The snake-oiled social media’s bad faith and big profits
It wasn’t long ago that anyone could sell any “medication” and promise it would cure anything. Snake-oil salesmen wandered around the countryside spreading fear about sickness and making money from selling fake cures. People died as a result.
Over the last 100 years or so, we developed ways of controlling this, such as testing of medicines, restrictions on false advertising and peer-control of powerful professions like doctors and chemists. Some of these were state controls, some were self-regulation, and together they ensured that medicines were tested before use, advertisers could not easily make false promises and media imposed at least some restraint in giving voice to ludicrous claims. The system was imperfect (think of skin lightening creams), but it provided the tools to constrain the potential for harm.
It was done openly, so that decisions could be challenged and trust could be built. It was a system of public accountability that did not silence people, but limited the influence of the malign.
Now, when we see the amount of false information and snake-oil cures on social media platforms, we have to ask: why has this system broken down? What do we do about the pervasiveness of false and dangerous disinformation?
The issue was thrust into the news in recent weeks when celebrities such as Neil Young and Barbara Streisand took their material off the Spotify streaming platform in protest against podcaster Joe Rogan spreading Covid disinformation.
Rogan is the most popular podcaster in the world, with about 11-million downloads on each podcast, but this is just a fraction of the vast quantity of disinformation on every platform, as health information experts Julia Belluz and John Lavis showed in the New York Times. You can find dozens even worse than him on Facebook, Twitter and Substack, you can buy their books and products on Amazon and elsewhere. And, let’s be honest, you can find it in some mainstream newspapers. The problem of disinformation is much wider and deeper than this particular battle.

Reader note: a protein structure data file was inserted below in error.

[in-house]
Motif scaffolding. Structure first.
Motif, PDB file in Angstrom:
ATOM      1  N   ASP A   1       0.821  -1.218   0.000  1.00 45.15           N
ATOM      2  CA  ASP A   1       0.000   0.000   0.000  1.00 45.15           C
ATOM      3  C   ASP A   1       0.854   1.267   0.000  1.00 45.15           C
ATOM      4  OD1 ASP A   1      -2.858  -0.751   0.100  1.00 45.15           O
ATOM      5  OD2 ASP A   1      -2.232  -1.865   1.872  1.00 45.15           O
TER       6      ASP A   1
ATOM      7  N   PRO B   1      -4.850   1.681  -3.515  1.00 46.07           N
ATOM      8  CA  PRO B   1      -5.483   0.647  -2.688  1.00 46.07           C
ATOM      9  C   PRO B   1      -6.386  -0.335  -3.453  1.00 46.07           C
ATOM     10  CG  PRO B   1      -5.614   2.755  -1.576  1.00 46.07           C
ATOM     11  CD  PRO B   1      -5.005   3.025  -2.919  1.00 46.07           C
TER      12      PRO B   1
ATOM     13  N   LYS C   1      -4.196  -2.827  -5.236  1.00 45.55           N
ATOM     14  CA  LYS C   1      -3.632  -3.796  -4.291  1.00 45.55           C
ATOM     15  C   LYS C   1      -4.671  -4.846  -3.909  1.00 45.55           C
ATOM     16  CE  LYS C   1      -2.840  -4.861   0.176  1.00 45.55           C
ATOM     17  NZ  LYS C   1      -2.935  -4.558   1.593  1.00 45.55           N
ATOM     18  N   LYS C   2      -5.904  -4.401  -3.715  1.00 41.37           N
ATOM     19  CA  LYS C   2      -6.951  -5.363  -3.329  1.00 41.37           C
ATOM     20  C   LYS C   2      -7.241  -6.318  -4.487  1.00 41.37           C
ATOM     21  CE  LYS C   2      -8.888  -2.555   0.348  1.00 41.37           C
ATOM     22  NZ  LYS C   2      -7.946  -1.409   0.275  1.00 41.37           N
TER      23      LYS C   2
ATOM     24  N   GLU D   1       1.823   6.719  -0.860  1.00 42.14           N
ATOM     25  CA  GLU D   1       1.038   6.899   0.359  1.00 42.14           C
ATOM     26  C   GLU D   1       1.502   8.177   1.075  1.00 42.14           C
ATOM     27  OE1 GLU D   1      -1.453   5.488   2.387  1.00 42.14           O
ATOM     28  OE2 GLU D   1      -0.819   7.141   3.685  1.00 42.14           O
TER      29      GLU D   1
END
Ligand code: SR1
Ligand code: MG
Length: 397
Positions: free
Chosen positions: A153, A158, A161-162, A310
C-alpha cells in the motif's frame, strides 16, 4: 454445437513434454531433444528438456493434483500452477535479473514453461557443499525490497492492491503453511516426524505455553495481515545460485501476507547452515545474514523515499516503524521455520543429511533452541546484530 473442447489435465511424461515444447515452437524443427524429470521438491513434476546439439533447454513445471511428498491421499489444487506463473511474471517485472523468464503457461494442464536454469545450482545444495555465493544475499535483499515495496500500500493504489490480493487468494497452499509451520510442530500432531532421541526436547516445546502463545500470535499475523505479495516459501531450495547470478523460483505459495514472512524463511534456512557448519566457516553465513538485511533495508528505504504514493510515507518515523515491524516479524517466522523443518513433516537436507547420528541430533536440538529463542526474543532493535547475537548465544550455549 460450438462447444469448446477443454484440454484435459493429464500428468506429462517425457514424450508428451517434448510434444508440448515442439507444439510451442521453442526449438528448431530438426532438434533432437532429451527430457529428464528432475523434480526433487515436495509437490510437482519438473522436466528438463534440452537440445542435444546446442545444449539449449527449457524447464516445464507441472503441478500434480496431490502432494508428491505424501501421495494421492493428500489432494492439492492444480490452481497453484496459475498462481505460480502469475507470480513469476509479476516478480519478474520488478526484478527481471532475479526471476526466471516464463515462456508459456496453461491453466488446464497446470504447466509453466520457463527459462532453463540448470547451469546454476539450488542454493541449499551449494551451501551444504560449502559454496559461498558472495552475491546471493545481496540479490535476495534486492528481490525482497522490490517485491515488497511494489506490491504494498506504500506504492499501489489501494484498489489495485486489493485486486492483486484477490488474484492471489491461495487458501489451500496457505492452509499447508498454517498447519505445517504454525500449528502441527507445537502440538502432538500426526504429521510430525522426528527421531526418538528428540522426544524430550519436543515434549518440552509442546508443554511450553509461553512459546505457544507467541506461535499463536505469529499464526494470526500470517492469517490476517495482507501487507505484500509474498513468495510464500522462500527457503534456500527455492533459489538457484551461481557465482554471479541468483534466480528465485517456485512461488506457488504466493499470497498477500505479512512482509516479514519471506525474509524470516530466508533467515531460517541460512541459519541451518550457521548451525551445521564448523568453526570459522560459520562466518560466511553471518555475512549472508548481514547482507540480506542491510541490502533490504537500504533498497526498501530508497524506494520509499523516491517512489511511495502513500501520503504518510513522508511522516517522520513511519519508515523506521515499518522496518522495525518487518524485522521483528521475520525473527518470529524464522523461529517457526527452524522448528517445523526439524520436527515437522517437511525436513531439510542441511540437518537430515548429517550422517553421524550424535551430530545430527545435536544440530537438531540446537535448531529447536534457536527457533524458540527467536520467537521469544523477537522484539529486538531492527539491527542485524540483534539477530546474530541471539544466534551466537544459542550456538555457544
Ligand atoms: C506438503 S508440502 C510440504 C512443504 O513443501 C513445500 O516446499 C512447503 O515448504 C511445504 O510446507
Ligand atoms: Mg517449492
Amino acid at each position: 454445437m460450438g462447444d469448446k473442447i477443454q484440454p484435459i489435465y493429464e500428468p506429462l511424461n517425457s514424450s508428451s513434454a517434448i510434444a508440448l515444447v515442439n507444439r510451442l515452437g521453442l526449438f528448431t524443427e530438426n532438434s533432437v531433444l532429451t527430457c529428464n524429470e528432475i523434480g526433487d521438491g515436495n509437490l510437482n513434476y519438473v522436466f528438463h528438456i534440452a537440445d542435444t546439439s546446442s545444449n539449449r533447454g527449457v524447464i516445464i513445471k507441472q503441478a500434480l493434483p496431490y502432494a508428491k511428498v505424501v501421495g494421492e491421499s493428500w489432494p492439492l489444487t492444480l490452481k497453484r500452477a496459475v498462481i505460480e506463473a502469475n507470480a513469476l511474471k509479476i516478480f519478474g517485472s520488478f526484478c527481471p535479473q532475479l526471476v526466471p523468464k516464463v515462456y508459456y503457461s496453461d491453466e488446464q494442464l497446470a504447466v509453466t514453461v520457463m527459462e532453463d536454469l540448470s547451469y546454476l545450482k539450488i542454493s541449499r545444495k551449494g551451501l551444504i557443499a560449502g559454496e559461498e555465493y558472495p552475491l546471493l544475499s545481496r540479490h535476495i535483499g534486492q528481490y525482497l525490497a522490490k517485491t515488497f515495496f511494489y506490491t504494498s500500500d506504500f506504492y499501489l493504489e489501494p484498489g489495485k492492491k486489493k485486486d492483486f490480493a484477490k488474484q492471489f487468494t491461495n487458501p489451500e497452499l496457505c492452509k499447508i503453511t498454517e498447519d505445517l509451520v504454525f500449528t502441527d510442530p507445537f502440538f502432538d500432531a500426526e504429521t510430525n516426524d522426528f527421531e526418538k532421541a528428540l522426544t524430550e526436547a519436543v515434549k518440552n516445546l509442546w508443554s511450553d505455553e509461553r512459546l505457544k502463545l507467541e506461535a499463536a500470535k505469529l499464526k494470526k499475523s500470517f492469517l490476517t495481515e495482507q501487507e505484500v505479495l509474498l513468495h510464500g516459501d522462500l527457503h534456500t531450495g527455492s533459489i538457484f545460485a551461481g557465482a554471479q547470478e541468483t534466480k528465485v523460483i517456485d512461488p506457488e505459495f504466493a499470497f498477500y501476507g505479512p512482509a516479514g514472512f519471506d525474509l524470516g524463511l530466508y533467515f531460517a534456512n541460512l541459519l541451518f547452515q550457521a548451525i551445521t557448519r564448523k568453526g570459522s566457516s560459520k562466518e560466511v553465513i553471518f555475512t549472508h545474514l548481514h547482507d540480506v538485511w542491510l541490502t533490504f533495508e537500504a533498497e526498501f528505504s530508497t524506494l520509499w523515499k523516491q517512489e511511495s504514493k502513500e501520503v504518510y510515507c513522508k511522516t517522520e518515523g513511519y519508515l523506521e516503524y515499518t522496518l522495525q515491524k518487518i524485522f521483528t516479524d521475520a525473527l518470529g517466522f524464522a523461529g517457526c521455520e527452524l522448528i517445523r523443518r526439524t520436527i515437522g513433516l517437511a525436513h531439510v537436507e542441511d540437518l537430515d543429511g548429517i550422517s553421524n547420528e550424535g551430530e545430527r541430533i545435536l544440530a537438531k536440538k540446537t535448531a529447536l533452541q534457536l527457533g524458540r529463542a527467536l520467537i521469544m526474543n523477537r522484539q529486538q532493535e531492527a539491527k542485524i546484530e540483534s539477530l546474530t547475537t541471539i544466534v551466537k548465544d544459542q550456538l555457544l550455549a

Is Rogan being “cancelled”? Is he the victim of righteous political correctness, as some of his supporters claim? One South African radio presenter reportedly said we should stop listening to the musicians that withdrew from Spotify. I am not sure this presenter had the wit to realise he wanted to protest someone being “cancelled” by “cancelling” the “cancellers”.
Few phrases are as abused as frequently as “cancel culture”. It is usually used about those whose voices are the loudest and the least likely to be silenced. Rogan has more followers than almost any media outlet, and most will follow him wherever he is, so the idea that he is being shut out is ludicrous. If Spotify kicks him off, other platforms will step in, or if he goes independent he might even make more money.
Young, Streisand and others did the right thing: they walked away, even though it cost them income. You don’t want to censor him, or stop anyone questioning conventional wisdom, but you do want to make people aware of the danger, and pressure Spotify to take responsibility for what they disperse. We have to find new ways of managing and countering disinformation, without succumbing to the temptation of heavy-handed censorship.
The root of the problem is that voices such as Rogan’s are massively amplified on social media platforms which profit from voices such as his spreading hate, disinformation, racism, sexism and other noxious fumes. When Spotify offered Rogan the astounding figure of $100-million to come on to their platform, it was part of a splurge they went on to buy any content that would help them build subscribers. They knew what his views were, but gave the conventional shoulder-shrug we have come to expect from these outlets: we are just a platform, they say, not responsible for content, only interested in building audience and profit.
They want to be like the telephone, just an instrument that conveys information, rather than publishers who have to account for what they put out. In the US, they are explicitly protected from being sued.
In our own country, we see opportunistic politicians using social media to stir up xenophobia in a way likely to lead to bloodshed. It’s not just that the platforms/publishers appear unconcerned, but the algorithms, on Facebook in particular, favour material that will stir you up to keep you engaged. They are able to actively promote this material, which is why they cannot claim to be neutral platforms. Even worse, they do it in secret.
Public and political pressure have forced Facebook, Twitter and now Spotify to take some responsibility and start behaving like the publishers they are. But they do it half-heartedly, no more than what they are forced to do.
More pressure – more Youngs and Streisands – are going to be needed.
*Harber is executive director of the Campaign for Free Expression and Caxton Adjunct Professor of Journalism at Wits.